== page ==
Shying away from linking to a site because it might be sued in the future or was sued in the past is ridiculous: you couldn't link to Microsoft either. In fact you couldn't link anywhere anymore. AxelBoldt

I see absolutely no reason not to link to the web site. And in fact, we already have a link to it in the article. AxelBoldt

You are looking at the wrong link. The one that is still on the page links to a site that shows exactly how the faked nude celeb images were made. It presents photos of fully clothed celebrities next to photos of porn models, and then presents the faked composite image. The removed link (Lux) just shows the faked images. maveric149
The "detective" page is owned by Lux and is part of their site, and Lux was sued before for presenting exactly these fake celebrity pictures. AxelBoldt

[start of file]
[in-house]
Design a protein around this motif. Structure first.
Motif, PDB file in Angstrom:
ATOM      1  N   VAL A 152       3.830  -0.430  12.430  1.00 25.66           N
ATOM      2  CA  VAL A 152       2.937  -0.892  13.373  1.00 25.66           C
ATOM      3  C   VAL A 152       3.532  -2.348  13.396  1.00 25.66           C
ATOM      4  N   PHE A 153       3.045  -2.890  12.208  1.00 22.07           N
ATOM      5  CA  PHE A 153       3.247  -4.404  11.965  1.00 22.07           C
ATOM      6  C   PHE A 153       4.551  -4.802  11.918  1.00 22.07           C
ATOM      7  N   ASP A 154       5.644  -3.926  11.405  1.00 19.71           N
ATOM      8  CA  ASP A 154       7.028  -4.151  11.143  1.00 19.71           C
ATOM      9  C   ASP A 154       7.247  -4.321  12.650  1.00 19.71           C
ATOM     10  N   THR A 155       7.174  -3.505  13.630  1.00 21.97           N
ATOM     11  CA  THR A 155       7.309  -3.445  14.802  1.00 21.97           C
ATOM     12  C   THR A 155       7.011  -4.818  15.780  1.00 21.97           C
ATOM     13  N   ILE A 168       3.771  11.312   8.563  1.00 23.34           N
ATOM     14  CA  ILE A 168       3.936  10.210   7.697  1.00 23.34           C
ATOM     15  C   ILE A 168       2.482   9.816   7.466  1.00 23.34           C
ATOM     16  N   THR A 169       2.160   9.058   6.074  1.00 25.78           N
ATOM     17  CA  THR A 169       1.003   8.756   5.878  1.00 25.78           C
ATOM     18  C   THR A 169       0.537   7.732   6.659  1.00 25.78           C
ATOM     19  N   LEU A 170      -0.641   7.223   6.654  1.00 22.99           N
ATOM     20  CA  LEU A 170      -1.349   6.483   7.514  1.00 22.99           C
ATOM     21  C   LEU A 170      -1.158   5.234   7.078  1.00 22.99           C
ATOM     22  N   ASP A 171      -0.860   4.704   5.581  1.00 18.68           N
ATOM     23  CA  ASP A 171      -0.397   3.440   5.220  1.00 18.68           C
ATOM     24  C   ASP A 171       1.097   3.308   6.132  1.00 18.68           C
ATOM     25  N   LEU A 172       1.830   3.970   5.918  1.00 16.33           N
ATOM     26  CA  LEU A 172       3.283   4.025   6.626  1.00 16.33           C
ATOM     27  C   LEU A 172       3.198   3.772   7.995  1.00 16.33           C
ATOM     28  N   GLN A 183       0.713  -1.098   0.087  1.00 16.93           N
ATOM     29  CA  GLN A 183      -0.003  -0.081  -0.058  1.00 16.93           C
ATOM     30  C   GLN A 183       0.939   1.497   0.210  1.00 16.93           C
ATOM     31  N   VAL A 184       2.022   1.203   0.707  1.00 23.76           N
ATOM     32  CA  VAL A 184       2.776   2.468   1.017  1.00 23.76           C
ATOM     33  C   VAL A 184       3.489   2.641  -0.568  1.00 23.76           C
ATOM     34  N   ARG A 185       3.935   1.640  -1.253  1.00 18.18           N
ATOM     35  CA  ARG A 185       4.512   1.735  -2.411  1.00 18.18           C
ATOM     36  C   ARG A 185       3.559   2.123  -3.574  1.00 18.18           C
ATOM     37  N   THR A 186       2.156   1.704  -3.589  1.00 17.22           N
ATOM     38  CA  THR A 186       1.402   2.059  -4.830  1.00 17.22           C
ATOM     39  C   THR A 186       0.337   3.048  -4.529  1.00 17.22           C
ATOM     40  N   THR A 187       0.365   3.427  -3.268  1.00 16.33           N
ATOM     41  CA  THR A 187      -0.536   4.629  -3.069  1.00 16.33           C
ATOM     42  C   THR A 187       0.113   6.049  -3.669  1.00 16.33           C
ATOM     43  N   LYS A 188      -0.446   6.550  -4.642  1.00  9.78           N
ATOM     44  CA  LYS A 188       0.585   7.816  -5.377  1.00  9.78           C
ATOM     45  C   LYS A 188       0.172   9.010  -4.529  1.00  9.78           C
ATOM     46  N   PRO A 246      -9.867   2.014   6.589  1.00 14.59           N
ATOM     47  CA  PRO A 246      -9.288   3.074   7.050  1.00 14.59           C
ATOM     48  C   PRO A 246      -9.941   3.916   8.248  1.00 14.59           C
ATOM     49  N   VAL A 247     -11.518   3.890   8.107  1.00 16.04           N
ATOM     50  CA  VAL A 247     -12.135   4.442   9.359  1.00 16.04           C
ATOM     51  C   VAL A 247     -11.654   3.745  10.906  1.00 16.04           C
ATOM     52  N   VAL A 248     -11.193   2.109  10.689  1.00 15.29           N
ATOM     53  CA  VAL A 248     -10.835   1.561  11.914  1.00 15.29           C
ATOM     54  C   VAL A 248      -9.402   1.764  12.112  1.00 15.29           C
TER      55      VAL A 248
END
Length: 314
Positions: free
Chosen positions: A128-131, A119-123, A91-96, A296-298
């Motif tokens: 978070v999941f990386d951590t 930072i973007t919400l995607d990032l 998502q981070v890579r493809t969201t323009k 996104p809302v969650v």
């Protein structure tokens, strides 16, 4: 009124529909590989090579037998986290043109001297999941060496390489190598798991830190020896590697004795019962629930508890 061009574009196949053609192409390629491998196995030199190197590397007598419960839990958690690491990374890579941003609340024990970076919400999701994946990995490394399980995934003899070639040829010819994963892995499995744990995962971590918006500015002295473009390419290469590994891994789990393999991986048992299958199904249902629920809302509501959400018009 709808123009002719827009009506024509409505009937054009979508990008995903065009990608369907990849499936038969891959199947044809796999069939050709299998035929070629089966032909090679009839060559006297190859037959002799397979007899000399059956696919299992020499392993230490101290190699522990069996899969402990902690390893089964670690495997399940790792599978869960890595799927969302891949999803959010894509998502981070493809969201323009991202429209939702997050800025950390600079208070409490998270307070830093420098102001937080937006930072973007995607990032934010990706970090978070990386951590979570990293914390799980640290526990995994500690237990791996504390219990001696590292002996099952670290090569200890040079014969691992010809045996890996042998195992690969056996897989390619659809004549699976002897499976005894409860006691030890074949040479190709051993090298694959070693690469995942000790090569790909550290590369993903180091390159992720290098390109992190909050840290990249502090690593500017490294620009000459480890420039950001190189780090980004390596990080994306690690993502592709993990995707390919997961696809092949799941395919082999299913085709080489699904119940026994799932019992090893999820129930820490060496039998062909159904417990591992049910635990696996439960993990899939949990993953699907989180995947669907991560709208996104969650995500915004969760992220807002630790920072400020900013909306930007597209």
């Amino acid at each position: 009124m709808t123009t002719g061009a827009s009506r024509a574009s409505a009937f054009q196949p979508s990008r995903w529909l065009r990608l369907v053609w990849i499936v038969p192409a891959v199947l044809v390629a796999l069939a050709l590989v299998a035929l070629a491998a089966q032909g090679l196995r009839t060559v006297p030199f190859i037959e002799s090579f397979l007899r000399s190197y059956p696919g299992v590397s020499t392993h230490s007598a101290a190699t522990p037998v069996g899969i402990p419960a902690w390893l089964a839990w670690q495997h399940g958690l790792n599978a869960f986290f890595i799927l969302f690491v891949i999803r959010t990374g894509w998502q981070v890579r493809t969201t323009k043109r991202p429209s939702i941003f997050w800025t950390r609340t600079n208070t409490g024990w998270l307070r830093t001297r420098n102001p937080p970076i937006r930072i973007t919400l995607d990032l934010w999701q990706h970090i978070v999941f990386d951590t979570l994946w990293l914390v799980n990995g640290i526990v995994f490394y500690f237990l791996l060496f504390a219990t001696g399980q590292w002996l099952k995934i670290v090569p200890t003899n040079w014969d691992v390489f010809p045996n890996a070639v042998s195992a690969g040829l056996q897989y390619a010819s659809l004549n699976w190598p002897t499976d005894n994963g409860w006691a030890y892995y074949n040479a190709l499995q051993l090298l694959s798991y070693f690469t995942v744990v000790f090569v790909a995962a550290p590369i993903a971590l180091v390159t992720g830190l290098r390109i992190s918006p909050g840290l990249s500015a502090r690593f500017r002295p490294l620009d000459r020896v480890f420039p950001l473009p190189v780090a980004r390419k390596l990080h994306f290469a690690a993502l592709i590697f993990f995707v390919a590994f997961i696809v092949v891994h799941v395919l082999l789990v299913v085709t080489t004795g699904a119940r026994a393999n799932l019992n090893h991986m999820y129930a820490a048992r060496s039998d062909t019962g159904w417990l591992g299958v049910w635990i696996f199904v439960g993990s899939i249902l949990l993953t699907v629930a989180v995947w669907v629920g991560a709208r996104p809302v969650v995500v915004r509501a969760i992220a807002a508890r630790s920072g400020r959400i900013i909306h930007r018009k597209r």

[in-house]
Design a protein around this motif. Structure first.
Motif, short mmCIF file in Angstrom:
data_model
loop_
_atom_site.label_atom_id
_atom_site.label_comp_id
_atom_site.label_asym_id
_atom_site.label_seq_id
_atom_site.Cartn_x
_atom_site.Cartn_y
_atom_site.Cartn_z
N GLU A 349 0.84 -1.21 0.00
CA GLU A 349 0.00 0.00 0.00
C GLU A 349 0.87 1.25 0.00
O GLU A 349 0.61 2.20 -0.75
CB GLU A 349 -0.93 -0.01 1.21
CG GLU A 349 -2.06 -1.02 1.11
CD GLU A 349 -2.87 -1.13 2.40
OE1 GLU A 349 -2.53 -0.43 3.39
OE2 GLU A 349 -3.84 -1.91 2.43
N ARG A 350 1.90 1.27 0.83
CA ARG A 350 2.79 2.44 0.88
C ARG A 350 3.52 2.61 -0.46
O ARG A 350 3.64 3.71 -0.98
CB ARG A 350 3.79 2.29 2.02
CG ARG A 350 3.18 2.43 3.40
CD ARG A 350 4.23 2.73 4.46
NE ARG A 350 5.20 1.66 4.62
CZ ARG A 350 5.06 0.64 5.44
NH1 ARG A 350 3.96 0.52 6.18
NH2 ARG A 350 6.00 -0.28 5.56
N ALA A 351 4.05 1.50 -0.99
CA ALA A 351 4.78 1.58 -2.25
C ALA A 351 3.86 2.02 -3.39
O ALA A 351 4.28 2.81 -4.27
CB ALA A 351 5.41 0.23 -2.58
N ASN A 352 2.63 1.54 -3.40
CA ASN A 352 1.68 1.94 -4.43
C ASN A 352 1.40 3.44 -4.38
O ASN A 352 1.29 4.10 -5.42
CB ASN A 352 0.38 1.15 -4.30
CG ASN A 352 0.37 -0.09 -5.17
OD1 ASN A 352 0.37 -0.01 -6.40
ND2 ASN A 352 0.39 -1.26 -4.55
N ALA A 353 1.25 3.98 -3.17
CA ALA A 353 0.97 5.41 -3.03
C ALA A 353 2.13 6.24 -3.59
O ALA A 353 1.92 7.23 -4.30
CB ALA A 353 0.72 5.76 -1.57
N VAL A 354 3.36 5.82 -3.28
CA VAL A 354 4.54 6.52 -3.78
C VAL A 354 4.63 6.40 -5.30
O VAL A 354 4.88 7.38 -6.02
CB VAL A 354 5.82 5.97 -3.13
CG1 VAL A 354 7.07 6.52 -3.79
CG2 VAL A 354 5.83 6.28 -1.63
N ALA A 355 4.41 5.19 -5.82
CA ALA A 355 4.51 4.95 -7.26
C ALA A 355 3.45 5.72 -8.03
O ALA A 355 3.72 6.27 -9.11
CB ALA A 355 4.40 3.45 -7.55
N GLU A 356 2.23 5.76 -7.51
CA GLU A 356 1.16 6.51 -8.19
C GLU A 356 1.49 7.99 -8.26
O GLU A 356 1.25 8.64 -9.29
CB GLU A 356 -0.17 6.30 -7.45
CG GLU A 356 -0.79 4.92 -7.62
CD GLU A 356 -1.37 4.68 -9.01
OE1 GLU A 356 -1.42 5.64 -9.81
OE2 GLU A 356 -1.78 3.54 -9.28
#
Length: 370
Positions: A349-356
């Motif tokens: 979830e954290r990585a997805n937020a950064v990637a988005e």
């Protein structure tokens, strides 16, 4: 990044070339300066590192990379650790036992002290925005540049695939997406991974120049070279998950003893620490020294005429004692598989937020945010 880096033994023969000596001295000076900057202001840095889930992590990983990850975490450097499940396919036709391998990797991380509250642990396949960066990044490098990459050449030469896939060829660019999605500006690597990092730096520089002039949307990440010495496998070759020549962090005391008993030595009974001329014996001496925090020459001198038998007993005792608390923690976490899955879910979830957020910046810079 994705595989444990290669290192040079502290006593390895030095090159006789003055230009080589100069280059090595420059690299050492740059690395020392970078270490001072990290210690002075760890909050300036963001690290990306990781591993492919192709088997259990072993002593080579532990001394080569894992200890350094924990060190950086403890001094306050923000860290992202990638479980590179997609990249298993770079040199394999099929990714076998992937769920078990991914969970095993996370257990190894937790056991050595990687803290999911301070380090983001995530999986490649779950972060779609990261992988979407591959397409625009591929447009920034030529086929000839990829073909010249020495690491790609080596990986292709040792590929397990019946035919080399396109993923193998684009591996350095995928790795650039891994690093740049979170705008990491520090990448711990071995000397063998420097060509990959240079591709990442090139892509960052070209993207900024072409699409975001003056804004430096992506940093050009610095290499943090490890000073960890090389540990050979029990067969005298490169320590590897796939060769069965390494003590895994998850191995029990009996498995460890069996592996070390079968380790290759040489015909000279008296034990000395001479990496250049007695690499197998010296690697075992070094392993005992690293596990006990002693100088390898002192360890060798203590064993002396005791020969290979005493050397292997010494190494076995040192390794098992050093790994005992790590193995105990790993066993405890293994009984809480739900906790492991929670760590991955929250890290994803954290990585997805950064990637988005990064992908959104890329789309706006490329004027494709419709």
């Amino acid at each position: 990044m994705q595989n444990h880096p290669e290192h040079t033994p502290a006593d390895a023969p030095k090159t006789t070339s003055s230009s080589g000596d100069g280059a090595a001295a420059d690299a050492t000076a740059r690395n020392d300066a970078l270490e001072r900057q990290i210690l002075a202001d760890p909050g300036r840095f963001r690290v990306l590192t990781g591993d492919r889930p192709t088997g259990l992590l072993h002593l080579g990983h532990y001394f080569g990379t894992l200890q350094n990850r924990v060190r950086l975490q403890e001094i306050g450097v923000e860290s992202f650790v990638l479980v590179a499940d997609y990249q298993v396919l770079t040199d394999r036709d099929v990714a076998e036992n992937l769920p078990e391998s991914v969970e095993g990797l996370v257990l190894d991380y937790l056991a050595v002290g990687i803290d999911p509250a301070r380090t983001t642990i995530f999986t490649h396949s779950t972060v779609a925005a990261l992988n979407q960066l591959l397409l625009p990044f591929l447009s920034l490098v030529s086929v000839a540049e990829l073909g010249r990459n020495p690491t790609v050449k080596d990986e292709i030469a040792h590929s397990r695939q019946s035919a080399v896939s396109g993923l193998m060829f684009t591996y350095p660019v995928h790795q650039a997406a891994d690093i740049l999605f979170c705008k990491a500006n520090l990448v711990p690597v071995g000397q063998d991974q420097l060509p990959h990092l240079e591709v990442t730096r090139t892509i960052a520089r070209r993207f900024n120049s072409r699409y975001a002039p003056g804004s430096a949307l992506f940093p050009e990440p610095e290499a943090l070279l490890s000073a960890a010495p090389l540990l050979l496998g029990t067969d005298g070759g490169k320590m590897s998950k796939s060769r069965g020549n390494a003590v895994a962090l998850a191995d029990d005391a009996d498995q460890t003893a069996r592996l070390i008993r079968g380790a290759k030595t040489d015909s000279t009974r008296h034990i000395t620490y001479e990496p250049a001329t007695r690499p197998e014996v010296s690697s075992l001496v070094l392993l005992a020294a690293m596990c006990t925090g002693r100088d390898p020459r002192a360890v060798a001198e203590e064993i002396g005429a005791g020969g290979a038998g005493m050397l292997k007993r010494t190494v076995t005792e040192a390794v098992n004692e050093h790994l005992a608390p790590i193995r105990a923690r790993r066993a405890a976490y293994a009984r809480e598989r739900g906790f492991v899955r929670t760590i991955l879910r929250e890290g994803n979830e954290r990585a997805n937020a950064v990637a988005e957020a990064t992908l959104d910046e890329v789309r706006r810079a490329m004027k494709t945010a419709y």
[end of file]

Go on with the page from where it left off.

In italian law, after a few proceedings, we have now recognised a full right of linking because:

  1. material publicly available on the net has been released TO BE publicly available, or it wouldn't have been released at all (it evidently cannot be there unintentionally, following a series of complex technical actions); if your linking gives those sites more accessibility, then linked site can never refuse your "unwanted help", because the site is there to be visited, or there is no need to publish it.
  2. linking is then only the offer of a non indispensable facilitation for final user in his research of that material, that he would find by your link or by whatever way else (i.e.: calling a random URL).